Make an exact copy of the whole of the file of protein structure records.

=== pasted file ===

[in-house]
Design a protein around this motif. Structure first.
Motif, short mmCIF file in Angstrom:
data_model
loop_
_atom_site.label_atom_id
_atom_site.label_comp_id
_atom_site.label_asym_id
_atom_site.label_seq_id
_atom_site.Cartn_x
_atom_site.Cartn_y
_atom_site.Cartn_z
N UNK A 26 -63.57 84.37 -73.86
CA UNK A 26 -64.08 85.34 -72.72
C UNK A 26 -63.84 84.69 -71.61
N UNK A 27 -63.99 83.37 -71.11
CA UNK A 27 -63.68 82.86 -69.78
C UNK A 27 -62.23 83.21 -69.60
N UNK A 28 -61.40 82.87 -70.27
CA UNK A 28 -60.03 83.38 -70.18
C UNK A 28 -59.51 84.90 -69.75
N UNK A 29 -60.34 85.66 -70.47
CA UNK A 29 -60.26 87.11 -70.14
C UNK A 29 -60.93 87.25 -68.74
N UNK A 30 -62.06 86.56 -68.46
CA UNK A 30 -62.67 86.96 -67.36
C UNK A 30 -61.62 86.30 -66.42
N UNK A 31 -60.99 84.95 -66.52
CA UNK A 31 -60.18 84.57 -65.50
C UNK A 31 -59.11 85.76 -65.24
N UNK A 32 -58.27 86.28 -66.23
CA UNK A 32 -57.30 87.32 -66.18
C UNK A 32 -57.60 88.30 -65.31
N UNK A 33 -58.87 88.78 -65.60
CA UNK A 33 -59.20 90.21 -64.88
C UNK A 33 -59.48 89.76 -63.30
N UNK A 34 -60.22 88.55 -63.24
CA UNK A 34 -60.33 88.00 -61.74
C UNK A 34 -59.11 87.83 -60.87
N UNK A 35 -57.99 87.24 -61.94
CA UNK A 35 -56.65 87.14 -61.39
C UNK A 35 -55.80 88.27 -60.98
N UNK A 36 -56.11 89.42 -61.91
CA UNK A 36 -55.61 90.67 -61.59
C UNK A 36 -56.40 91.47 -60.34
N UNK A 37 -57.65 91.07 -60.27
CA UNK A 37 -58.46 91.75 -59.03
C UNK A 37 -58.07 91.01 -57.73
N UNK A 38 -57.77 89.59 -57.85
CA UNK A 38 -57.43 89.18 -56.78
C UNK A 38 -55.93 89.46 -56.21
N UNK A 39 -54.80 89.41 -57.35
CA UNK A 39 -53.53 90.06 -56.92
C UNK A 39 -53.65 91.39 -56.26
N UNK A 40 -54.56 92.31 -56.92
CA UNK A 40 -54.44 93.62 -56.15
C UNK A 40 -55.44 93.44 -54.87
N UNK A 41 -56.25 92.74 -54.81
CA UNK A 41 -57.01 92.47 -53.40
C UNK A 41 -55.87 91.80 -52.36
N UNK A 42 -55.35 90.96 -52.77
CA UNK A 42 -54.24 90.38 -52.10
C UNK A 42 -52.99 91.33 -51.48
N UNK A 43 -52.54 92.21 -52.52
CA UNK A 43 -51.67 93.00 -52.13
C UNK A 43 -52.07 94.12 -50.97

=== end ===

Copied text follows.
[in-house]
Design a protein around this motif. Structure first.
Motif, short mmCIF file in Angstrom:
data_model
loop_
_atom_site.label_atom_id
_atom_site.label_comp_id
_atom_site.label_asym_id
_atom_site.label_seq_id
_atom_site.Cartn_x
_atom_site.Cartn_y
_atom_site.Cartn_z
N UNK A 26 -63.57 84.37 -73.86
CA UNK A 26 -64.08 85.34 -72.72
C UNK A 26 -63.84 84.69 -71.61
N UNK A 27 -63.99 83.37 -71.11
CA UNK A 27 -63.68 82.86 -69.78
C UNK A 27 -62.23 83.21 -69.60
N UNK A 28 -61.40 82.87 -70.27
CA UNK A 28 -60.03 83.38 -70.18
C UNK A 28 -59.51 84.90 -69.75
N UNK A 29 -60.34 85.66 -70.47
CA UNK A 29 -60.26 87.11 -70.14
C UNK A 29 -60.93 87.25 -68.74
N UNK A 30 -62.06 86.56 -68.46
CA UNK A 30 -62.67 86.96 -67.36
C UNK A 30 -61.62 86.30 -66.42
N UNK A 31 -60.99 84.95 -66.52
CA UNK A 31 -60.18 84.57 -65.50
C UNK A 31 -59.11 85.76 -65.24
N UNK A 32 -58.27 86.28 -66.23
CA UNK A 32 -57.30 87.32 -66.18
C UNK A 32 -57.60 88.30 -65.31
N UNK A 33 -58.87 88.78 -65.60
CA UNK A 33 -59.20 90.21 -64.88
C UNK A 33 -59.48 89.76 -63.30
N UNK A 34 -60.22 88.55 -63.24
CA UNK A 34 -60.33 88.00 -61.74
C UNK A 34 -59.11 87.83 -60.87
N UNK A 35 -57.99 87.24 -61.94
CA UNK A 35 -56.65 87.14 -61.39
C UNK A 35 -55.80 88.27 -60.98
N UNK A 36 -56.11 89.42 -61.91
CA UNK A 36 -55.61 90.67 -61.59
C UNK A 36 -56.40 91.47 -60.34
N UNK A 37 -57.65 91.07 -60.27
CA UNK A 37 -58.46 91.75 -59.03
C UNK A 37 -58.07 91.01 -57.73
N UNK A 38 -57.77 89.59 -57.85
CA UNK A 38 -57.43 89.18 -56.78
C UNK A 38 -55.93 89.46 -56.21
N UNK A 39 -54.80 89.41 -57.35
CA UNK A 39 -53.53 90.06 -56.92
C UNK A 39 -53.65 91.39 -56.26
N UNK A 40 -54.56 92.31 -56.92
CA UNK A 40 -54.44 93.62 -56.15
C UNK A 40 -55.44 93.44 -54.87
N UNK A 41 -56.25 92.74 -54.81
CA UNK A 41 -57.01 92.47 -53.40
C UNK A 41 -55.87 91.80 -52.36
N UNK A 42 -55.35 90.96 -52.77
CA UNK A 42 -54.24 90.38 -52.10
C UNK A 42 -52.99 91.33 -51.48
N UNK A 43 -52.54 92.21 -52.52
CA UNK A 43 -51.67 93.00 -52.13
C UNK A 43 -52.07 94.12 -50.97